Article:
An Old Kamaaina Company Changes Course
The Tamamoto family has had to make major adjustments to its business since it started Aala Produce in 1963 and sold produce to vegetable peddlers in Honolulu.
With changes in the economy here and abroad, they have had to look at other ways to stay afloat. When supermarkets led to the extinction of peddlers, they formed Aala Ship Service and supplied Japanese fishing vessels that came to port.
When the Japan economic bubble burst in the 1990s, the Tamamotos shifted directions and catered to container ships and also vessels at Pearl Harbor. That wasn’t generating enough revenue, so they added a cargo distribution business.
Jerry Tamamoto, vice president of Aala Holding Co. Inc., said the cargo distribution business was doing OK, but his family still wasn’t satisfied.
“We like it. It pays the bills. But it’s not really a money maker,” Tamamoto said. “So we started looking.”
As part of the distribution business, Tamamoto worked with a firm run by Andrew Riehemann of Utah. Riehemann founded Ship to Hawaii in 2004 and Tamamoto found it to be an interesting business concept.
The family liked the business so much that it acquired Ship to Hawaii, as well as sister company Ship to Alaska, this year and began operating them May 1.
Ship to Hawaii caters to local residents and businesses that shop online and are looking for inexpensive ways to bring the goods here. Many Mainland firms will ship a product free of charge anywhere within the contiguous 48 states, but not to Hawaii or Alaska.
At Ship to Hawaii, customers take advantage of the free shipping and have their items sent to one of two distribution centers in California. The center in Gardena deals with ocean freight, while the other in Hawthorne handles air freight.
Tamamoto said Ship to Hawaii consolidates the orders, or “piggy backs” them with other shipments so it will cost Ship to Hawaii customers less to bring an item to the Islands than it would through the postal service or other parcel deliverers. The savings can be as much as 40 percent to 70 percent, he said.
Ocean freight is shipped each Wednesday and Saturday, while air freight is brought in at least twice a week. The goods are brought to Aala Ship Service in Iwilei, where customers can pick up their packages. Neighbor Island customers retrieve their goods at a will-call center.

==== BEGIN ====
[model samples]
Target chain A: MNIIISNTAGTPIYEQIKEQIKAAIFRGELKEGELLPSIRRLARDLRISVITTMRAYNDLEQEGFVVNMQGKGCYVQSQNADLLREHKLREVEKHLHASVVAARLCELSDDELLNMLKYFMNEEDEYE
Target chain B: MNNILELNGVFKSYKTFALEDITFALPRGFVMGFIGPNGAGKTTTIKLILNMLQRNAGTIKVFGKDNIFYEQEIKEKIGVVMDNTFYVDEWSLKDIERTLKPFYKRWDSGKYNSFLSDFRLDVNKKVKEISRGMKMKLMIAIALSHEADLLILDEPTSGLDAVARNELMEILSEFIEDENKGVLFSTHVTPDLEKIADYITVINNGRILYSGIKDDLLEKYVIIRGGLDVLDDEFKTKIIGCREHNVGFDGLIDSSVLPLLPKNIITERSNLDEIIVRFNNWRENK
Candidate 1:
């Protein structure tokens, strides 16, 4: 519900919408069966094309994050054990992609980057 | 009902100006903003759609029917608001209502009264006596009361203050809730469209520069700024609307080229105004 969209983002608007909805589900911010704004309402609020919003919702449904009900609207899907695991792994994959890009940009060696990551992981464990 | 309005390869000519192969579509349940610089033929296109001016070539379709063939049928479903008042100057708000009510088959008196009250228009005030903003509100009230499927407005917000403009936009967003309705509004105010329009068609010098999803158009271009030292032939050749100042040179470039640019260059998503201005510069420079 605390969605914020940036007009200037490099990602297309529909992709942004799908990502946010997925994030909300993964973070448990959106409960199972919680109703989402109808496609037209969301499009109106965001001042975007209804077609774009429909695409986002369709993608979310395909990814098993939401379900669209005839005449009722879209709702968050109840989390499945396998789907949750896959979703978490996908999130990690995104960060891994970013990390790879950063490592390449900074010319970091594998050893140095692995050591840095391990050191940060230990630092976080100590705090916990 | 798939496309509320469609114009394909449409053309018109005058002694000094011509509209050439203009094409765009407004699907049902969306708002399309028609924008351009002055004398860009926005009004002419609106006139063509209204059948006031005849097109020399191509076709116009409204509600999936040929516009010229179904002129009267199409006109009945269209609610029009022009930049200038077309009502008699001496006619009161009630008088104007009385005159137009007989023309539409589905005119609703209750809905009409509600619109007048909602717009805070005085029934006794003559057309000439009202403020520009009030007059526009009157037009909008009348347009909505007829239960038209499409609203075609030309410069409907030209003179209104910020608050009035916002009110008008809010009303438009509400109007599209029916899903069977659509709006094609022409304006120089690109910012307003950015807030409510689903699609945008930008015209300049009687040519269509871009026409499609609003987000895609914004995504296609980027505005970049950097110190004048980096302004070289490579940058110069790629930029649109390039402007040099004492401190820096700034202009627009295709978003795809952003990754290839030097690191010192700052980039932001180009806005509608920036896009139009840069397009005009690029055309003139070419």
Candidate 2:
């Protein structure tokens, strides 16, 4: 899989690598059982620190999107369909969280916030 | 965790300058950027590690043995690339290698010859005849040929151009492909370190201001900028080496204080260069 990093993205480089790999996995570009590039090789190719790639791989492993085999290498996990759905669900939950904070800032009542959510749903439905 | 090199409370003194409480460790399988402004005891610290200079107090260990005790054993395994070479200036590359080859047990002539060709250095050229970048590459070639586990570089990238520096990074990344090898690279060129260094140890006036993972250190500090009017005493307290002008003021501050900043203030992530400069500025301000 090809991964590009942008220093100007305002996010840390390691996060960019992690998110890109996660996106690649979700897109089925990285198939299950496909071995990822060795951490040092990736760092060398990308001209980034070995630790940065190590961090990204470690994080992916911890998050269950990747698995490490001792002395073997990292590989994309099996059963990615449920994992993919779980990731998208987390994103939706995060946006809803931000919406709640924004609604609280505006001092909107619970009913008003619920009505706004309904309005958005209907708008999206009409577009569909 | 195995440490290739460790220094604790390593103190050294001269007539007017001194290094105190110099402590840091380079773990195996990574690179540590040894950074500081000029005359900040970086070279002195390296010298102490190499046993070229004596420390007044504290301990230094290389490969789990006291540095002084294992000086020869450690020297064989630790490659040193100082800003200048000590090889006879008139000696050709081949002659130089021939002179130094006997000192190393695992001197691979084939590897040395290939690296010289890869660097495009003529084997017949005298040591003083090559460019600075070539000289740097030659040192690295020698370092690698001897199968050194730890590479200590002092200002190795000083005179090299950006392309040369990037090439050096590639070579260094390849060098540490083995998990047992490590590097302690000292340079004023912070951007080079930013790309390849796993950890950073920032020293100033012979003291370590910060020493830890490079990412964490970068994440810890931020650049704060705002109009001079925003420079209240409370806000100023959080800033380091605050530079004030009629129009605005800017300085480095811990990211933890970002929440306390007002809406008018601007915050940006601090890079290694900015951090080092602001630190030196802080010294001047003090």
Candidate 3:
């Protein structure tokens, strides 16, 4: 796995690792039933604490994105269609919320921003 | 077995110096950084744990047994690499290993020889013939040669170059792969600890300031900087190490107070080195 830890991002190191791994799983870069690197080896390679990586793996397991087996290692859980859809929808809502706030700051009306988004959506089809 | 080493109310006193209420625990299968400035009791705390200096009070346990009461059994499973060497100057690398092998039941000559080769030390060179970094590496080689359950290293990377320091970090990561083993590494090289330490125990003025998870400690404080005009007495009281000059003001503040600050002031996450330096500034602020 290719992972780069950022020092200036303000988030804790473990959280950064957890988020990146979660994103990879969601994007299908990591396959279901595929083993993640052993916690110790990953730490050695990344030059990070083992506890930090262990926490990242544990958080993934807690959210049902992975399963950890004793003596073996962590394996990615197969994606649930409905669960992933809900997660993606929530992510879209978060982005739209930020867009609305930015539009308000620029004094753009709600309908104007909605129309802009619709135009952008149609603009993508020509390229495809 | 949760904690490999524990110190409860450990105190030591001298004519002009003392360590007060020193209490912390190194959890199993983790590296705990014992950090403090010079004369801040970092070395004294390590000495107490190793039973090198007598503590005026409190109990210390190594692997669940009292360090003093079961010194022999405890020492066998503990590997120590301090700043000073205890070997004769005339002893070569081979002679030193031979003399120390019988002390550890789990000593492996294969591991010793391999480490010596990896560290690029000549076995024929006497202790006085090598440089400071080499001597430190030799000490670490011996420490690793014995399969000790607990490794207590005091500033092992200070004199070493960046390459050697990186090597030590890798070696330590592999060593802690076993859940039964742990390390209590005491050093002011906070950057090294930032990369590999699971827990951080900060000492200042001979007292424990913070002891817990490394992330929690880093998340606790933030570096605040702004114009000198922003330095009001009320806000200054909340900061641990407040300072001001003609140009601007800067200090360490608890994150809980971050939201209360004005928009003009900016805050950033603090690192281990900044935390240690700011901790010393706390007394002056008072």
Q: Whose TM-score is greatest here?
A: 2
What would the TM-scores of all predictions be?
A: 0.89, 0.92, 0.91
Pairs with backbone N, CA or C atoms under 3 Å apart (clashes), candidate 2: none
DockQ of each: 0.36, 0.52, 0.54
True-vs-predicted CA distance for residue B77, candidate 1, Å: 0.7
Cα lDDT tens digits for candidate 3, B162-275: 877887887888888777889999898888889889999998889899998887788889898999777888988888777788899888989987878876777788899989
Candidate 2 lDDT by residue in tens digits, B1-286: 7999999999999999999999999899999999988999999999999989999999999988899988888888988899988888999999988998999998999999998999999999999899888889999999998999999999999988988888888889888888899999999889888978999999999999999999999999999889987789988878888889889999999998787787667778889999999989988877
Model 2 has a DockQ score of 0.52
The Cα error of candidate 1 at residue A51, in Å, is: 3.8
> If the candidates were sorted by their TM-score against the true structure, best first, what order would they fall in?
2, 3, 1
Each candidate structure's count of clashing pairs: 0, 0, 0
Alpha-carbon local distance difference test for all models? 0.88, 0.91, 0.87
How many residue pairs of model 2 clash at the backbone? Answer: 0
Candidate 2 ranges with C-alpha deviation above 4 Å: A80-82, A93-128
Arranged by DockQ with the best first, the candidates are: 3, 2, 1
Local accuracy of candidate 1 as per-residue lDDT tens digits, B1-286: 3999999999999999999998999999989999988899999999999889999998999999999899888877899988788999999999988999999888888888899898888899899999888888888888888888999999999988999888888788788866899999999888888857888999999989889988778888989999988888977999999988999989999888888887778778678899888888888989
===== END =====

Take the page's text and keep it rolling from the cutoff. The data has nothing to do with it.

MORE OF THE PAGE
“These shipments go onto somebody else’s load and it’s combined, so it’s one big pallet,” Tamamoto said. “That’s how we’re able to reduce some of our costs.”
Ship to Hawaii is a members-only business with three levels of annual dues ranging from $20 to $150, depending on the amount of goods a customer expects to ship. Tamamoto said there are 1,300 active members with Ship to Hawaii, and another 350 with Ship to Alaska.
Laraine Agren is remodeling her Hamakua Coast home on the Big Island and has been using Ship to Hawaii for about a month. Because she expects to bring in a lot of items, she signed up for the top-level membership plan, which has an unlimited shipping allowance.
Agren said she recently had 700 pounds of tile shipped to her by Ship to Hawaii at a cost of $197. She said a much smaller package that was sent to her via the postal service cost her more than $400, so she figures she made up her membership fee on one delivery alone.
“It’s rare that in Hawaii you can save money dealing with a local business because Hawaii is expensive,” Agren said. “But here’s a way to support a Hawaii business and save money too.”
She said another big advantage to using Ship to Hawaii is being able to deal directly with someone in Hawaii.
“Having somebody to work with on the shipping end is really nice because you never know where your package is going to go,” Agren said. “They keep me informed and they also call me when it’s in.”
Tamamoto said it hasn’t always been smooth sailing since his company took over Ship to Hawaii in May. He said his employees had to grasp “a whole new concept” of doing business on the Internet.
He said the software was in place, but it was a matter of learning how to use it.
“To study the business and to do it are two different things,” he said.
Luckily, he said, Riehemann agreed to be available for questions for the first week of the new ownership. Since then, Tamamoto’s employees have slowly picked up the nuances of running the business.
Customer Agren praised Ship to Hawaii for its customer service, and Tamamoto said he stresses this to his employees. To prove a point, he forwards after-hour phone calls to his personal cell phone.
He said he also instructs his employees to let customers know that if they can find a better shipping price they should take it.
“We tell them the truth,” Tamamoto said. “You compare and I’m not holding you hostage. You can choose. If your vendor can offer you a better rate, by all means go for it.”
The Tamamotos believe in treating their customers like family. They feel the same way about their 23 employees.
Since the beginning of Aala Produce, the owners have provided lunch for their employees. Each day, someone in management cooks a meal or brings in takeout and the company encourages its employees to eat together.
“You have the drivers eating lunch, and you have the operations staff and you have the accounting people coming in, you get to eat and work together,” Tamamoto said. ”You eat lunch and talk story. That’s really important.”
With all the corporate adjustments the company has made over the years, Tamamoto said the family-style lunch is one thing that won’t change.
“It’s ‘unbusinesswise,’ when you think about it, because you have to have somebody cook and somebody clean — that’s not productive,” he said. “But morale wise and camaraderie wise, it’s really important.”
by Curtis Lum, Pacific Business News
Posted on March 12, 2015